It has all turned into a complex mess. We have model, after model, that are about as useful as forecasting the weather tomorrow, based on the weather today. Yes, there is an eighty-five per cent chance that the weather tomorrow will be same as the weather today…or thereabouts. But knowing this provides no understanding of what causes different weather patterns. “Red sky at night, shepherds delight.”

Models based on no understanding of what causes cardiovascular disease

All the CV risk models, including PREVENT, do not rely on any understanding of what actually causes cardiovascular disease. They simply identify populations that are at higher CV risk, at a certain point in time. If you fit within that population, your risk is calculated to be higher. 

Men are more at risk than women. Solution, create a model that places men at higher risk. Why are they at higher risk? Good question, but no-one can give you an answer. 

Asian Indians are at far higher risk that Caucasians, at least currently, in the US. Why? Good question, but no-one can give you an answer. Family history also means you are at greater risk. Why? See above.

All these risk calculators do is to recognize a set of characteristics that are associations. Some may be causal, most are not. Then, depending on how many of these characteristics you have, they will calculate your risk. Using some complex mathematical model.

All these risk calculators do is to recognize a set of characteristics that are associations. Some may be causal, most are not. Then, depending on how many of these characteristics you have, they will calculate your risk. Using some complex mathematical model.

The PREVENT model, for example, added in obesity as a risk factor. Yes, obese people are at a higher risk than non-obese people – a bit. Why, because obesity is associated with insulin resistance and type II diabetes. It is the insulin resistance that is the problem, not the obesity. These factors do not exist in isolation.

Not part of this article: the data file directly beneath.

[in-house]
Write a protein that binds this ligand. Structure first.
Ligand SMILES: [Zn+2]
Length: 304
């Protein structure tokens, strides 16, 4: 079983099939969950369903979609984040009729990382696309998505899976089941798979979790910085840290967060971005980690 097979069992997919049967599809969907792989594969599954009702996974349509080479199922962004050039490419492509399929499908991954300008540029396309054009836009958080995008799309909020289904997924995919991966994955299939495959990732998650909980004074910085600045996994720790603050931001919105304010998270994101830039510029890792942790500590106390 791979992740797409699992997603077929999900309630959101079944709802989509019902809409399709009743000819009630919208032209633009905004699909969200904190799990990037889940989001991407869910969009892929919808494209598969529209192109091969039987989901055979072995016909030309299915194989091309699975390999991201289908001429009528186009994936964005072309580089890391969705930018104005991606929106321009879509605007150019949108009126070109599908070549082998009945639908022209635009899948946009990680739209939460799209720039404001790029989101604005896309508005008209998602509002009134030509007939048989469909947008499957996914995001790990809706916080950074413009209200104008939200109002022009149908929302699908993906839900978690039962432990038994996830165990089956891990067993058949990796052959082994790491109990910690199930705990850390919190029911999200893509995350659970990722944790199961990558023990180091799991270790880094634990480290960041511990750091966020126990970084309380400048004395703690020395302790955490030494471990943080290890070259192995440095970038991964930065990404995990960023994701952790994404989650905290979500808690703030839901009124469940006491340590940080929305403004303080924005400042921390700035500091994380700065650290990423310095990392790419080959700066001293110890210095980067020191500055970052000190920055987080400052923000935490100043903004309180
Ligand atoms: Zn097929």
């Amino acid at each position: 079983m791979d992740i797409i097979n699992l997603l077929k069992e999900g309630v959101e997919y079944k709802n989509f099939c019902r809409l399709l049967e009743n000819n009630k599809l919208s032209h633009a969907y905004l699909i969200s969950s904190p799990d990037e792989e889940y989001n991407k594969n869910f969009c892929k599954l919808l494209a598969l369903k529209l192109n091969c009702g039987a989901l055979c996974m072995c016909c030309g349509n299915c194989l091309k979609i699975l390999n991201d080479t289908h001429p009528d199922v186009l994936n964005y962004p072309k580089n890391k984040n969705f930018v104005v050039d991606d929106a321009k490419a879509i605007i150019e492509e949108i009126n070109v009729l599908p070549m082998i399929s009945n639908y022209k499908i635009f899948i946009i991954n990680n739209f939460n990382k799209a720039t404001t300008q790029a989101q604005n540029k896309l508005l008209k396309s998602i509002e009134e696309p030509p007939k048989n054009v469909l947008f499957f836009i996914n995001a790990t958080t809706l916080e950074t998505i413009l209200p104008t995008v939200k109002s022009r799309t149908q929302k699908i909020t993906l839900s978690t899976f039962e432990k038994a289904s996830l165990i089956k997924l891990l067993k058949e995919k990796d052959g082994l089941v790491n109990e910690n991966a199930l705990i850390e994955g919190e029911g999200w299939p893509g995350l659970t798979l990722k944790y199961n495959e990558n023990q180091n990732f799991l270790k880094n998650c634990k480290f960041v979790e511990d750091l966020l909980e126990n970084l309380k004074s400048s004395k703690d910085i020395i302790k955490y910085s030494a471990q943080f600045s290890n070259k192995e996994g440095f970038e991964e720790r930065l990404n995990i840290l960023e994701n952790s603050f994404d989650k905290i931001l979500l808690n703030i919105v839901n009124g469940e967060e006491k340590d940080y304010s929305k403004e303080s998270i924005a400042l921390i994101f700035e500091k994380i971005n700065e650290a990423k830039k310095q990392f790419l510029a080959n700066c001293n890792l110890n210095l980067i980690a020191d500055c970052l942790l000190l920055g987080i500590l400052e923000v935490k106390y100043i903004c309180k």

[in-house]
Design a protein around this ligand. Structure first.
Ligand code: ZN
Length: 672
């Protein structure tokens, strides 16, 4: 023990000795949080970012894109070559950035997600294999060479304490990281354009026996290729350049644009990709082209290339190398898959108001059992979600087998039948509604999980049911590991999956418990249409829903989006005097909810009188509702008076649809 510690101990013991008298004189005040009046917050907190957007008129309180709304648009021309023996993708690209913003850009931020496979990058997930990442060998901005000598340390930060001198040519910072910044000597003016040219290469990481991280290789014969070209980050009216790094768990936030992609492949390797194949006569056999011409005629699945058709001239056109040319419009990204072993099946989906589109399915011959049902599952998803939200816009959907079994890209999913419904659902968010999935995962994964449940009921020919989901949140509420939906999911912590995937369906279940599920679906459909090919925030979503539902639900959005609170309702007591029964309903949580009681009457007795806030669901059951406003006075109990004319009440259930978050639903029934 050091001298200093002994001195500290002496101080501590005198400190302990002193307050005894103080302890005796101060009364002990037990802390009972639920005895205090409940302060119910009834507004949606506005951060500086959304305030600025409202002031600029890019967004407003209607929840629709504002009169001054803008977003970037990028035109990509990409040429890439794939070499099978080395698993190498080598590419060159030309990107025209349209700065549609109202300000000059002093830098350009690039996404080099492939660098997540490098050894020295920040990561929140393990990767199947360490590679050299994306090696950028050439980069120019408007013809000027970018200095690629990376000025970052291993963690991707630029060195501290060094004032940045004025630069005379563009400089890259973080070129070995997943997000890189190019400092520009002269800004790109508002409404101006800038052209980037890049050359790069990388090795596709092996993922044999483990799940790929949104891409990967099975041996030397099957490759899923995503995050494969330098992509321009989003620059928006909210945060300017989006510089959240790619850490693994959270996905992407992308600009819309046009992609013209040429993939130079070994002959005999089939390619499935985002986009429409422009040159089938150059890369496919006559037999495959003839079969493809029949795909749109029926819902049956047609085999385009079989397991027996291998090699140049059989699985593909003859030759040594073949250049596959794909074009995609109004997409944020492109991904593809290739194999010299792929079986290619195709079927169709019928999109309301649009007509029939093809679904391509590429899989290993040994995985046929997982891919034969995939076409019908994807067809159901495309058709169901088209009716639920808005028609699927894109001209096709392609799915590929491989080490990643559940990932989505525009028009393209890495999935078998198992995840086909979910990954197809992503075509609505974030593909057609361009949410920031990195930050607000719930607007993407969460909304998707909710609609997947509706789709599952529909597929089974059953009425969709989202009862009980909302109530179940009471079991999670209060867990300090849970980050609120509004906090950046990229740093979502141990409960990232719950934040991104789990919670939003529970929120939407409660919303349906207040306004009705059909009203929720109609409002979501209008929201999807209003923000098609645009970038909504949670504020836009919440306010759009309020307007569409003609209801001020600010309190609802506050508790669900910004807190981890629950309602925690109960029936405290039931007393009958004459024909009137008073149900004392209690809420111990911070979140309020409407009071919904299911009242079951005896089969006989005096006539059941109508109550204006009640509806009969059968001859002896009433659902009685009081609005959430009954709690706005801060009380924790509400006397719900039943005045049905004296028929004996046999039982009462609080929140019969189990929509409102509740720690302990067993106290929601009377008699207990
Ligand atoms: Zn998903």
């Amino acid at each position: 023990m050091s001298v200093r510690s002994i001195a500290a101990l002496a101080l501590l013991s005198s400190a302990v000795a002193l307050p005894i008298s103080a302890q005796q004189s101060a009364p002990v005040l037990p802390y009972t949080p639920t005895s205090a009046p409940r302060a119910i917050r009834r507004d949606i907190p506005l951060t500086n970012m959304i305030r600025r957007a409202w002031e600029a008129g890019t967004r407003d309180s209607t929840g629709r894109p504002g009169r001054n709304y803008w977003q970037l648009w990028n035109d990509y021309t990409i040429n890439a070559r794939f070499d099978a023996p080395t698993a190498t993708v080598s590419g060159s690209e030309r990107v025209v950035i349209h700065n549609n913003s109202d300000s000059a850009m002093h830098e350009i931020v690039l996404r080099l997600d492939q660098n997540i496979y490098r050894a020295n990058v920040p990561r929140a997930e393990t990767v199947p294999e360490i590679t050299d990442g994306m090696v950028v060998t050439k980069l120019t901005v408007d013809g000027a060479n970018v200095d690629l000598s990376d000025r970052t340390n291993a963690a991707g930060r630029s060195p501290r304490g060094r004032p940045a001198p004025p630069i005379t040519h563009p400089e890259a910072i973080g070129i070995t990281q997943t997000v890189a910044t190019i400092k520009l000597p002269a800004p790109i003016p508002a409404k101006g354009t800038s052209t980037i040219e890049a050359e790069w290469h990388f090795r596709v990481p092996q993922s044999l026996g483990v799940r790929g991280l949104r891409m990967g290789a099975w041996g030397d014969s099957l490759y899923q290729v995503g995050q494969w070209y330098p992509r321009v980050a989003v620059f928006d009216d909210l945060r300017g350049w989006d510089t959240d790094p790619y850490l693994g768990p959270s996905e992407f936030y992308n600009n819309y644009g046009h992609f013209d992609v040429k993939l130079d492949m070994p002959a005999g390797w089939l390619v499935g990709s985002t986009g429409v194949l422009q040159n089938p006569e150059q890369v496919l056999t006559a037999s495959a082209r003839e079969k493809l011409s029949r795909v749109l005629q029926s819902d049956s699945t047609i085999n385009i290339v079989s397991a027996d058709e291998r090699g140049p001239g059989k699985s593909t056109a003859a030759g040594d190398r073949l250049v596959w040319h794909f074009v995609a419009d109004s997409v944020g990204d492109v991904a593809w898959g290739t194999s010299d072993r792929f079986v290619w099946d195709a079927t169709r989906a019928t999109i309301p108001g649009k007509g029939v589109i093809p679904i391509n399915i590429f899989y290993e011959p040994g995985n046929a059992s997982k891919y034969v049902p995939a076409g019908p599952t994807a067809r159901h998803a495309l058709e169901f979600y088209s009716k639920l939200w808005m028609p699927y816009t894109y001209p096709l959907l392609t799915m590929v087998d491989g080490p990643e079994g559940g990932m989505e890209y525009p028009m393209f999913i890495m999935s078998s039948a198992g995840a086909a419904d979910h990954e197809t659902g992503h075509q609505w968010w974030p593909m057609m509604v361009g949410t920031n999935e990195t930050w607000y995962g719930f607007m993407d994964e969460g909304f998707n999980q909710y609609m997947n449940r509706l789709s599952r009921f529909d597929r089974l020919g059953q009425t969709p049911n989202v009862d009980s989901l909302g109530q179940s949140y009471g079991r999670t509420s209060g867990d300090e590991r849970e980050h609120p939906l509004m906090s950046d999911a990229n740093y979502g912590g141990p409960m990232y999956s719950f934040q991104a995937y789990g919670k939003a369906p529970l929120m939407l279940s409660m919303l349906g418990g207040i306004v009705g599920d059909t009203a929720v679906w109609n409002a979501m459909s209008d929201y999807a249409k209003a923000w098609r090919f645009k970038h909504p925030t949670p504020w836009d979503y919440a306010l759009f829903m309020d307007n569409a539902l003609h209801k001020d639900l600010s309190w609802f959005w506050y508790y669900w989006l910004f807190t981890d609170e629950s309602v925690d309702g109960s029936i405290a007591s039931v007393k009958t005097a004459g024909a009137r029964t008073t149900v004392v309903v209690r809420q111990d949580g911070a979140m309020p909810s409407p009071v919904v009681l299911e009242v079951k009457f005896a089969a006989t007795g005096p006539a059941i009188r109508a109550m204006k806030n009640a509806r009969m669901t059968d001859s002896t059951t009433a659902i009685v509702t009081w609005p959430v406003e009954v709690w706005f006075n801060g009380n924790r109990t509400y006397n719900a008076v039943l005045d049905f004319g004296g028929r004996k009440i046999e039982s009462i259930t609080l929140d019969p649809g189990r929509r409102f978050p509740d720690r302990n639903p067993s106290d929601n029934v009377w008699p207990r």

So, what do you add into your model, what do you ignore? Below are two tables from the UK Biobank study. This is the largest genetic and population-based study ever attempted. 

When it comes to CV risk factors, here are a few that they have identified. Male sex, physically inactive, current non-drinker, not married, or cohabiting, ever cigarette smoker, age and less than university education. [A Hazard Ratio of 1 means no added risk. That is the line down the middle. A hazard ratio above two is highly significant].

Should all these be in a risk calculator? Well, if you believe in risk calculators, almost certainly. But PREVENT only includes half of them. And there are so many more. Below (don’t worry, the print in table below is too small to read, as it has far too many figures in it. I only include it for illustrative purposes). This is the latest effort to determine risk factors. Published in Nature medicine.

I’m afraid it does include many different ethnicities: White, Indian, Pakistani, Bangladeshi, Other Asia, Caribbean, Chinese. Other ethnic group… So, race is a social construct?

The uselessness of the risk calculators

Although it will be fervently denied by all involved. Risk calculators were primarily created in order that more people would take statins to lower their LDL/cholesterol, or other drugs to impact on other risk factors e.g. blood pressure. 

Yes, statins are out of patent nowadays, so not much money is made from prescribing them. But this legacy of risk calculation remains. And we have newer, far more expensive LDL/cholesterol lowering drugs now. If you can calculate that someone is at very high risk, you can justify more expensive medications.

Perhaps they should have looked at the other figures from the Biobank study. Here we can see that many other things increased CV risk. The one thing that has absolutely no effect is the total cholesterol level.

If you can actually read the Nature table, the one with very small writing, you will see that LDL does not figure, at all. They use the cholesterol/HDL figure. Which is actually another indicator of insulin resistance. However, even using a non-cholesterol figure, the increase in risk is so minute as to be utterly irrelevant.  Yet, if figures in all the risk calculators that exist.

PREVENT is just another in a long line of useless risk calculators, designed to promote pharmaceutical interventions. They all overestimate risk because that way more people end up on drugs. They are not predictive, they are not scientific. In my opinion they should all be ignored.